Have you been thinking about suicide? You may have found yourself wishing that you were dead, or perhaps that your friends and family would be better off if you were. You may have even considered how you would kill yourself.
Sometimes thoughts like these can be triggered as a response to feeling that you don’t have any control over your life, or that things will never improve.
You may feel terribly alone at the moment, but it is important to know that other people have been in similar situations and had similar feelings to those you’re having now. Other people have also felt like ending their lives, and will have had similar thoughts to your own.
What can I do if I’m feeling suicidal?
The following are some examples of things that you may find helpful when you’re feeling distressed or overwhelmed and thinking about hurting or killing yourself. It may be useful to experiment with some of these suggestions, and make a note of the ones you find helpful so you can look back over them if you need to.
- Think back to another time in your life where you faced a similarly overwhelming or painful situation. What did you do to cope then? Can you do any of the same things now?
- Think about a time when you felt a little better than you do at the moment. What did it feel like then? Try focusing on, or even writing about, the way you felt at that time.
- Try to concentrate on the present. Worrying or getting caught up in the idea that things will never improve in the future can make you feel even more overwhelmed.
- Try breaking up your day by planning things to do that will distract you. Plan something to do for a short period of time, and then have another activity or task ready for when you finish that one, and so on.
Distractions and stress relievers
Activities that you may find helpful in distracting you from the way you’re feeling and relieve some of your distress might include:
- Listening to your favourite music as a mood booster
- Taking a shower
- Sitting outside or going for a short walk
- Spending time with your family or friends
- Watching a favourite DVD, television program or film
- Drawing, sketching or painting
- Re-connecting with areas of your life that give you a sense of meaning e.g. spirituality, social service, a vocation
- Taking some time out to treat yourself to a small thing you ordinarily enjoy, and savouring it.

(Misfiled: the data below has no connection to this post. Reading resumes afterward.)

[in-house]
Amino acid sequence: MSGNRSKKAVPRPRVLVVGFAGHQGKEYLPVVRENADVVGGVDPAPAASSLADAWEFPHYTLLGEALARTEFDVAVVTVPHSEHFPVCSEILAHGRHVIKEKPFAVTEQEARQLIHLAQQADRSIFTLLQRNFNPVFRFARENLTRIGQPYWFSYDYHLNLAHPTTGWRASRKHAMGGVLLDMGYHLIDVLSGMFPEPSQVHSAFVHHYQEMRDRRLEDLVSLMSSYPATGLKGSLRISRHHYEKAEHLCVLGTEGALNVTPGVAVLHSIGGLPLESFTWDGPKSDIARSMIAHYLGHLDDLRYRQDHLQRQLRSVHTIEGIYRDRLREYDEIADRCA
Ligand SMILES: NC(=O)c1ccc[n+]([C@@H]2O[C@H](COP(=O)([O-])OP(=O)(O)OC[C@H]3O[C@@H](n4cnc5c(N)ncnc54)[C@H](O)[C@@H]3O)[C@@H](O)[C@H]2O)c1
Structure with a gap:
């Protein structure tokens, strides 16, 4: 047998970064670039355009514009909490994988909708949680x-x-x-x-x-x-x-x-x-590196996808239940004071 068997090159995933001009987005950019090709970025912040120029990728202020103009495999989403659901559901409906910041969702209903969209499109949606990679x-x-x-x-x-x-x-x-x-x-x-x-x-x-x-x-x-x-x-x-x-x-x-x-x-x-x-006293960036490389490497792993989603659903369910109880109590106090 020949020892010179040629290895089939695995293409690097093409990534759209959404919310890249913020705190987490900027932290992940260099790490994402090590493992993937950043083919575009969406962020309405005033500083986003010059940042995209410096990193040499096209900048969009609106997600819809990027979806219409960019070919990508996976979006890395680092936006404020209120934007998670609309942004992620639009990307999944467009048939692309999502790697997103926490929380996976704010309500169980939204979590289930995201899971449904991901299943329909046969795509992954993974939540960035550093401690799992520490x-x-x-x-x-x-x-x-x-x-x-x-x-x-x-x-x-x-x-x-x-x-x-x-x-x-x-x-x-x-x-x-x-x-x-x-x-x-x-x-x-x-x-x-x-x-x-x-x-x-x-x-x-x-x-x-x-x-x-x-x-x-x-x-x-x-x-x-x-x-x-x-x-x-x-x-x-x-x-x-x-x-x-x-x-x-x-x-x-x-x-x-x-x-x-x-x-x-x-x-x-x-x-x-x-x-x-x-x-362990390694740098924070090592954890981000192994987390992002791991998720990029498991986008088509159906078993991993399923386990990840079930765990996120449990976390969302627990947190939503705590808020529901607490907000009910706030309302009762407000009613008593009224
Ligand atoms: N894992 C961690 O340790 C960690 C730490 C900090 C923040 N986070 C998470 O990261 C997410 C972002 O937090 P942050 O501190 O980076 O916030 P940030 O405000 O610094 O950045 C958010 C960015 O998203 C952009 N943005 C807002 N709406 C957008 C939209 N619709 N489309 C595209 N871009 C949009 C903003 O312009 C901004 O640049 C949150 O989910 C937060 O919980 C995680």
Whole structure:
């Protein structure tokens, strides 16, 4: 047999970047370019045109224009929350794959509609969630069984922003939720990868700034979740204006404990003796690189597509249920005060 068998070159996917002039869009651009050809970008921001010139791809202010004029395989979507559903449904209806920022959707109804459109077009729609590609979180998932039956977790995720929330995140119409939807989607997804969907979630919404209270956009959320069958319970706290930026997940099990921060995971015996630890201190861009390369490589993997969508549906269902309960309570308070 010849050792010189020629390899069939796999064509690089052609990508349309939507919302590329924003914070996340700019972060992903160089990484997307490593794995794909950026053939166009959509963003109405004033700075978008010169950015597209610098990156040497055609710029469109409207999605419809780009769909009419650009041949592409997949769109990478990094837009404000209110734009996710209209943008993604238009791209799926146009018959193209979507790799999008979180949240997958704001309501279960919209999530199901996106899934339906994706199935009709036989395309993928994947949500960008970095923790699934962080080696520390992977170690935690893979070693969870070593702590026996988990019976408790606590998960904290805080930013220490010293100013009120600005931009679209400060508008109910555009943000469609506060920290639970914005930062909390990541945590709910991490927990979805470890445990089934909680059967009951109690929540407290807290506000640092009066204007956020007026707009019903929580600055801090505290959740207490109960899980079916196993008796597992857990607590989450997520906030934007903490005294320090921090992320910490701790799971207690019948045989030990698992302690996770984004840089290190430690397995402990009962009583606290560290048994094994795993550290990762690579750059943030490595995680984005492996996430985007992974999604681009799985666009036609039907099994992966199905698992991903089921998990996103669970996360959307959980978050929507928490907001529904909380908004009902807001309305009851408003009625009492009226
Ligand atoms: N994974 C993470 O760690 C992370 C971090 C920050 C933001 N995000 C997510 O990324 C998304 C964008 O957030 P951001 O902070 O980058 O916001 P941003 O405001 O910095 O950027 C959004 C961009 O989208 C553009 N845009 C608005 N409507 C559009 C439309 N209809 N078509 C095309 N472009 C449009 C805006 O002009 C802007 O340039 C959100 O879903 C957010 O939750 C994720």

Look after your physical health
It is easy to neglect your physical health when you’re feeling distressed or suicidal, but paying attention to your diet, getting regular sleep, maintaining a daily routine and keeping active can help you to feel more able to manage things.
Relaxation techniques to help with suicidal feelings
It can be helpful to educate yourself about other coping strategies, such as relaxation techniques. There are various techniques that can help to reduce feelings of distress. There are a range of books or reputable websites available where you can learn more about these, but here are some examples to get you started.
Find a comfortable position. Focus on something in the room or close your eyes. Breathe in slowly through your nose, hold the breath for a few counts, and then breathe out slowly through your mouth. Hold your breath again for a few counts, and then repeat the process until you feel a little calmer.
Instead of trying to stop your distressing feelings or thoughts, try simply recognising and accepting them without judgement. Remember that you experience a whole range of thoughts and feelings apart from the ones you’re dealing with at the moment. Remind yourself that feelings and thoughts are temporary and will pass.
Progressive muscle relaxation
Lying down or reclining in a chair, begin by breathing slowly. Starting with your feet and working your way up your body, tense each group of muscles for 10 seconds, then release them for 15 seconds.
Another important step in coping with suicidal feelings is to develop a suicide safety plan.